What Is a Concussion? Concussions are traumatic head injuries that occur from both mild and severe blows to the head. Some head injuries may appear to be mild but research is finding that concussions can have serious, long-term effects, especially repeat head injuries or cumulative concussions. A concussion is typically caused by a severe head trauma during which the brain moves violently within the skull. The brain cells all fire at once, much like a seizure. Some studies show that patients who suffer a concussion appear to have the brain activity of people in a coma. A concussion may result from a fall in which the head strikes against an object or a moving object strikes the head. A suddenly induced turning movement such as a blow that twists the head (like a punch to the side of the face) is more likely to produce unconsciousness. However, significant jarring in any direction can produce unconsciousness.
The length of unconsciousness may relate to the severity of the concussion. Often athletes have no memory of events preceding the injury or immediately after regaining consciousness. Concussion Signs and Symptoms
• Confusion • Disorientation • Memory loss • Unconsciousness • Fluid draining from the ears, nose or mouth • Unequal size pupils
Concussion Linked to Depression Depression is one of the many symptoms experienced by athletes following concussion. In fact, some research finds the prevalence of depression in head trauma patients can be as high as 40 percent. Several studies have also shown a link between a history of brain injury and a higher probability of developing major depression later in life.
• One study on concussion in athletes from the Montreal Neurological Institute of McGill University identified a neurological basis of depression in athletes who have had concussions. Imaging tests done with functional MRI on athletes who had depression following a concussion showed the same pattern of brain activation as patients with major depression.
• Another study found that of 2,552 retired pro-football players, over 11 percent of those with a history of multiple concussions also had a diagnosis of clinical depression. Players reporting three or more previous concussions were three times more likely to be diagnosed with depression than those with no history of concussion.
• A study by researchers at the University of Illinois at Chicago College of Medicine reported finding structural changes in the white matter of the brains of patients with head injuries, with the most severe head injuries showing the most structural change. These structural changes correlate to cognitive deficits in thinking, memory and attention.
They also found that some mild head injuries caused damage only to the outer surface of the nerve (the myelin sheath of an axon), which may be able to be repaired, but more severe head injuries caused damage to the axon itself, which may not be as easily repaired. If an axon is severed, it is unlikely that it can repair itself.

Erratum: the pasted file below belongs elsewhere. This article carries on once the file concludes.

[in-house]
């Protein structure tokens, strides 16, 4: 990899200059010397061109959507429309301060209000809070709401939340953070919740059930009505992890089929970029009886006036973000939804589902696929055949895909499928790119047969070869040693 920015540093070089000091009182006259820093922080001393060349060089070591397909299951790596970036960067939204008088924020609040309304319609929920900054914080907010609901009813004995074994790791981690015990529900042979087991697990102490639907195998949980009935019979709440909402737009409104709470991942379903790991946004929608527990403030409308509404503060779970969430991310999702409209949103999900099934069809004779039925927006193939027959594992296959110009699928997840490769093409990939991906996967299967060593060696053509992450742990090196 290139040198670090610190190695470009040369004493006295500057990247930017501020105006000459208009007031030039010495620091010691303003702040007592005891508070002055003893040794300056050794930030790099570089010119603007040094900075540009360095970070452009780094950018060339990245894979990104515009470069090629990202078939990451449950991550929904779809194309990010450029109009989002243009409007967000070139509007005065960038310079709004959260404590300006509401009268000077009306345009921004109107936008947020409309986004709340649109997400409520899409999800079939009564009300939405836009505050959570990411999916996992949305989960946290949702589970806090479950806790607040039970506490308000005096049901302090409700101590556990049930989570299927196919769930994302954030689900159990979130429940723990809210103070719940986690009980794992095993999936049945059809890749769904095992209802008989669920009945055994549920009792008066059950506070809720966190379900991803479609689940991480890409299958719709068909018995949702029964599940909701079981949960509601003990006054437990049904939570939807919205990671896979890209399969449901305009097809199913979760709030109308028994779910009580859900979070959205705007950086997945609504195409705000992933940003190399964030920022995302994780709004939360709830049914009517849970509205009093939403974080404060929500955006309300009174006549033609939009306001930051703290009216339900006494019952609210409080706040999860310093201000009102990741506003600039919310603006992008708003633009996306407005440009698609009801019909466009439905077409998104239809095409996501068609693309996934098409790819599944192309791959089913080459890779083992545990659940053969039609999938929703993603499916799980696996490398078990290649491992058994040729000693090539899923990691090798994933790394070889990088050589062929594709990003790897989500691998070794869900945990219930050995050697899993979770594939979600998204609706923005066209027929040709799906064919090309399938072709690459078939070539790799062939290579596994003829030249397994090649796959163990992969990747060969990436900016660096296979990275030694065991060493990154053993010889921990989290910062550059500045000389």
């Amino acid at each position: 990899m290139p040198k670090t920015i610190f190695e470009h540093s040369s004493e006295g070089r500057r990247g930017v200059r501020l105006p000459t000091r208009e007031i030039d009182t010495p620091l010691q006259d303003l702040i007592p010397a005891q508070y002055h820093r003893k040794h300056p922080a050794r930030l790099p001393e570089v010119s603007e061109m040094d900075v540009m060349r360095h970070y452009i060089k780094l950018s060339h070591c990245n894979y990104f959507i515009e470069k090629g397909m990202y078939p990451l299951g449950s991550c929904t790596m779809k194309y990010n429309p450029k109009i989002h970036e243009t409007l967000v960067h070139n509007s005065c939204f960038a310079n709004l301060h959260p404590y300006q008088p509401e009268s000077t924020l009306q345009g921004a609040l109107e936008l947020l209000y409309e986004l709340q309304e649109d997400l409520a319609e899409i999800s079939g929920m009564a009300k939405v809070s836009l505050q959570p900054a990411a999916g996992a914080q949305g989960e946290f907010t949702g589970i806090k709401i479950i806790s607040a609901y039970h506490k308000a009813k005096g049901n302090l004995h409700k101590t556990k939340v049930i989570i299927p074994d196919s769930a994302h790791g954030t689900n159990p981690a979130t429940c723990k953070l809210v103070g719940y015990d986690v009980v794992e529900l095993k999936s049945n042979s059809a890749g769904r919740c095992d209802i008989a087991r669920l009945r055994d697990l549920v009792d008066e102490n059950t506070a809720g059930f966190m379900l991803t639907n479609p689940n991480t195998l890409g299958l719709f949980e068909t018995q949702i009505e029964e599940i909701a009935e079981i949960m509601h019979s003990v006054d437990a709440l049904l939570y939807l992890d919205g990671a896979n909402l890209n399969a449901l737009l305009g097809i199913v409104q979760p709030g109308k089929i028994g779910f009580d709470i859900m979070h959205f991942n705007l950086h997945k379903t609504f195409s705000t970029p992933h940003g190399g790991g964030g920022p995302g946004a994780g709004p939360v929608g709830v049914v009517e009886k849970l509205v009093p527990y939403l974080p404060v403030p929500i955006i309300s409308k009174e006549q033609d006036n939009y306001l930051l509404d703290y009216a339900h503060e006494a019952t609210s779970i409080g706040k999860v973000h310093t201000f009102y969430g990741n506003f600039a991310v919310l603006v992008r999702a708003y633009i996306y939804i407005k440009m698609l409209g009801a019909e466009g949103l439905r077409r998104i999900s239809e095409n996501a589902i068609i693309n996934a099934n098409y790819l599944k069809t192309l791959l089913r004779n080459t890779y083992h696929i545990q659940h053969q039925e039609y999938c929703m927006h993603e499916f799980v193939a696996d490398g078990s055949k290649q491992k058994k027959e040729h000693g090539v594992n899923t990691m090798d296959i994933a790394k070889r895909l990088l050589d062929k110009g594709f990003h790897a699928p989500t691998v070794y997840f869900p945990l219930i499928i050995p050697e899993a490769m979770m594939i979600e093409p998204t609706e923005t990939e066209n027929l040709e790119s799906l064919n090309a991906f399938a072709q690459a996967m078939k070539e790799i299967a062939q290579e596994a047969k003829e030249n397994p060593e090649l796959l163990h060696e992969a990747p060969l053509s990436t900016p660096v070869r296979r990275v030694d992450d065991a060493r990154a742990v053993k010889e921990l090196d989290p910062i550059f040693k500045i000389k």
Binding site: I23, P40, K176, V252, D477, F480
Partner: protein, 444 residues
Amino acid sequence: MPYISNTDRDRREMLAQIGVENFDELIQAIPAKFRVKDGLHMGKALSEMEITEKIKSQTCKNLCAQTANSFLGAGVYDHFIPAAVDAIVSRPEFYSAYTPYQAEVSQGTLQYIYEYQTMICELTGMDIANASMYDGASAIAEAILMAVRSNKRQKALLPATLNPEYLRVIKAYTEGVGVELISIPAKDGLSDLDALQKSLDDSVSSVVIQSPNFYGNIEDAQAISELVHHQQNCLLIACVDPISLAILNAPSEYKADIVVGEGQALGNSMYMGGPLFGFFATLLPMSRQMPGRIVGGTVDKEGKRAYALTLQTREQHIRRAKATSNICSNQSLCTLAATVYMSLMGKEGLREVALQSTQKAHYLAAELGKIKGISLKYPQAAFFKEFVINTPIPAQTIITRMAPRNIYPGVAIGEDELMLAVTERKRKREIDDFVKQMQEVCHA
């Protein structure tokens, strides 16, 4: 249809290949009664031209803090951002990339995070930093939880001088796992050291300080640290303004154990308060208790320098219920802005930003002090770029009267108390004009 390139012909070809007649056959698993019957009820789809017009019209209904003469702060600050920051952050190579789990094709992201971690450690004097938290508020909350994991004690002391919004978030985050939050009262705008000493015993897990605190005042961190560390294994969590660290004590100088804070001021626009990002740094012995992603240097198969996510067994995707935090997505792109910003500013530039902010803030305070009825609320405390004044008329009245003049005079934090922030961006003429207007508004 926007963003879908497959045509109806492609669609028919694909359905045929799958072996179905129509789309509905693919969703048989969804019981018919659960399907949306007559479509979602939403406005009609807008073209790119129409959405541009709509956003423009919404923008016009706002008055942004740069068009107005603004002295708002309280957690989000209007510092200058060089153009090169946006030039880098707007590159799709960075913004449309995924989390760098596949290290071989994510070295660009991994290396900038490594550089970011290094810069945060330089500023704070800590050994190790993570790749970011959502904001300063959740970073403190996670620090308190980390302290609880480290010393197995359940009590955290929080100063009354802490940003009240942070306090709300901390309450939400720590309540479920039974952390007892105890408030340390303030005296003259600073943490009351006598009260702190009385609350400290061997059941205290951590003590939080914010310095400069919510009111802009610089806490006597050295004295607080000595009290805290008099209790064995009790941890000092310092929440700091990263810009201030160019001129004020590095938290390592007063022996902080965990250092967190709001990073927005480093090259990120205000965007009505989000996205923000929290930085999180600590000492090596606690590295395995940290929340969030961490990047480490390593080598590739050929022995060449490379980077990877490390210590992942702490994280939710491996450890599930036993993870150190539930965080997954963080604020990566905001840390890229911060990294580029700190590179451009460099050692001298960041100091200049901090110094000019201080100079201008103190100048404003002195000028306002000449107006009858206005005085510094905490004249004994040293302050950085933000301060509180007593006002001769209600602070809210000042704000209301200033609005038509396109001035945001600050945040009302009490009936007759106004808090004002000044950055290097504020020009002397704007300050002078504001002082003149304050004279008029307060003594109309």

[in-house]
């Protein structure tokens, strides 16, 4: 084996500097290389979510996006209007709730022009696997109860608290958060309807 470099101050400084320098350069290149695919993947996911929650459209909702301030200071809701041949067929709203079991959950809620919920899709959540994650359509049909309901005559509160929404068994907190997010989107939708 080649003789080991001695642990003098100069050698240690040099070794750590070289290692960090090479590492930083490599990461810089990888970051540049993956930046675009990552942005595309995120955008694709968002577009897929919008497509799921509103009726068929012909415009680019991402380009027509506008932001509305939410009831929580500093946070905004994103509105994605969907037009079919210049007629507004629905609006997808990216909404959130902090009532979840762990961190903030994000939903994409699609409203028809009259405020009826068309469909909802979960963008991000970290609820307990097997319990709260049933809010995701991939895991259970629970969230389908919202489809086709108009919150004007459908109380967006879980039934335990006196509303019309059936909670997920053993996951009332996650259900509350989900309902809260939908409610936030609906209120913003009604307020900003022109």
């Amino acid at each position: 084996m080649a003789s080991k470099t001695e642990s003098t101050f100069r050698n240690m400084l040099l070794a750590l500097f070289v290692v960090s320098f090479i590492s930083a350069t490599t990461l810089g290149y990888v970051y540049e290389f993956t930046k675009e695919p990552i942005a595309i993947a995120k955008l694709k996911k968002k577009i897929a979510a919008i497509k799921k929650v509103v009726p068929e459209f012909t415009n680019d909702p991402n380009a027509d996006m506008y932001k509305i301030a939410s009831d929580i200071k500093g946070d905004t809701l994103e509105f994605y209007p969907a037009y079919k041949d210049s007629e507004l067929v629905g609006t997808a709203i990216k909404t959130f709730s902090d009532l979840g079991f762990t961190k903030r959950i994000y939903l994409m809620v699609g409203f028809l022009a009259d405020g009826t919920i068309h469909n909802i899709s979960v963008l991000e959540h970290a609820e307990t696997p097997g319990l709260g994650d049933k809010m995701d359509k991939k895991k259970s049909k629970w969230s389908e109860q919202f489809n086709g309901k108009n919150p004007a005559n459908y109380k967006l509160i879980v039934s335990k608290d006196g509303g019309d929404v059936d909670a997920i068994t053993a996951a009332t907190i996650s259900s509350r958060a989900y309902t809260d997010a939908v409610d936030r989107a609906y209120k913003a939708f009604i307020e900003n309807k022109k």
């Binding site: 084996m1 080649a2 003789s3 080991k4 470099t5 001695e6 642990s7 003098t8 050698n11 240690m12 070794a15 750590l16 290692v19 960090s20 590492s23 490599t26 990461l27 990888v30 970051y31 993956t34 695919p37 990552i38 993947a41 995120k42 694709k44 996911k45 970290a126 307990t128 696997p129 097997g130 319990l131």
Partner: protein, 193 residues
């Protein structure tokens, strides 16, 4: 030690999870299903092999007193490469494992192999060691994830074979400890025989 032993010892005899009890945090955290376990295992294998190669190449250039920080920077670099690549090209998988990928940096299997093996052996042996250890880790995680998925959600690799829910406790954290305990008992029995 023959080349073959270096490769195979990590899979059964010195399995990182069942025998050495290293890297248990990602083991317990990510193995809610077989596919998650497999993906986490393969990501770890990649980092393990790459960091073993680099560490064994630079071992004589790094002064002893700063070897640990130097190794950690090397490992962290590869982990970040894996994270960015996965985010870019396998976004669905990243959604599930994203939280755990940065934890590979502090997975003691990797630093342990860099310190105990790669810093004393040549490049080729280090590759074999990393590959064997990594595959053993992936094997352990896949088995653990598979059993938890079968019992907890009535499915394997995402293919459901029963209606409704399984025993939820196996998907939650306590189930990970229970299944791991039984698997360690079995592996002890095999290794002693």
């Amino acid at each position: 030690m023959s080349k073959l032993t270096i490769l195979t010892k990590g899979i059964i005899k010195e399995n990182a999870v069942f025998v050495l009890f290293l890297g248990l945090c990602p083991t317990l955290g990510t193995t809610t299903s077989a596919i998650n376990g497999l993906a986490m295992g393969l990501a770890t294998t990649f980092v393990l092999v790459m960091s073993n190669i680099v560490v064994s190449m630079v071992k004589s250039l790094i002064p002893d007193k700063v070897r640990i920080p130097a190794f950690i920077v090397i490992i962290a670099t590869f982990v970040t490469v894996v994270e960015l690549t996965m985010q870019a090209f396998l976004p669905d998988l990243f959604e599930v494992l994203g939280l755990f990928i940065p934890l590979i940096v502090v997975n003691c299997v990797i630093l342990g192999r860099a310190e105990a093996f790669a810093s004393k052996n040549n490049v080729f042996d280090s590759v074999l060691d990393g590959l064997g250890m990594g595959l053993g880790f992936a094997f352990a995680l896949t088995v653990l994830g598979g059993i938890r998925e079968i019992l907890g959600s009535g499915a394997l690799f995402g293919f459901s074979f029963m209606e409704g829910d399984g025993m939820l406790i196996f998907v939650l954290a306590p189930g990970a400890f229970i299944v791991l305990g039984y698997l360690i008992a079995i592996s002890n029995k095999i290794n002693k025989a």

Concussion in Skiing and Snowboarding Research is also pointing to an increase in traumatic brain injury and spinal cord injuries among skiers and boarders largely due to higher speeds and more daring acrobatics on the slopes. Canadian researchers found the occurrence rate of both spinal cord and traumatic brain injury appears to be increasing worldwide. Furthermore, they found that these increases in injuries coincide with an increase and acceptance of higher speeds on the slopes and more acrobatic maneuvers, such as jumping.
They also found that wearing a helmet can reduce the risk of head injury by up to 60 percent and highly recommend helmets for skiers and boarders.
What to Do If You Suffer a Head Injury During Sports It is critical for anyone who plays a sport where a head injury is possible to know what to do for any head injury. If you suffer any head injury, stop playing and sit out the rest of the game. Even if you think it’s a mild bump on the head, you may have minor damage that can be repaired. If you return to play, you risk making that mild injury a permanent one.
Treatment of Concussion If a head injury causes unconsciousness, immediate medical attention is required for evaluation of the injury. Most likely that player should not return to the sport for up to three months. Studies have shown that there is an increased rate of brain injury, depression and other serious effects from concussions. An initial baseline neurological evaluation by a physician will determines the appropriate treatment for an uncomplicated concussion.
Preventing Sports-Related Concussion Because signs of a mild concussion -- confusion, disorientation and memory loss -- may disappear within minutes and may not be reported by the athlete, athletes are often allowed to continue playing or return to a game before their brain has had adequate time to heal.
According to researcher Mark Lowell, allowing an athlete to return to play too early increases their chance of more serious brain injury. Determining when it is safe for athletes to return to play is not easy, so researchers at the University of Pittsburgh's Sports Medicine Center developed a computer program called the Immediate Post-Concussion Assessment and Cognitive Testing system, or ImPACT, which measures an athlete's memory, reaction time and processing speed and helps make the return to play decision a bit more objective.
They test a player's baseline conditions at the start of a season and then retest any athlete who sustains a mild head injury or concussion. The results of the testing provide coaches and trainers with a more objective measure of whether the athlete is healthy enough to return to play. The ImPACT program is currently being used at high schools and colleges throughout the nation, as well as by the National Football League and National Hockey League.
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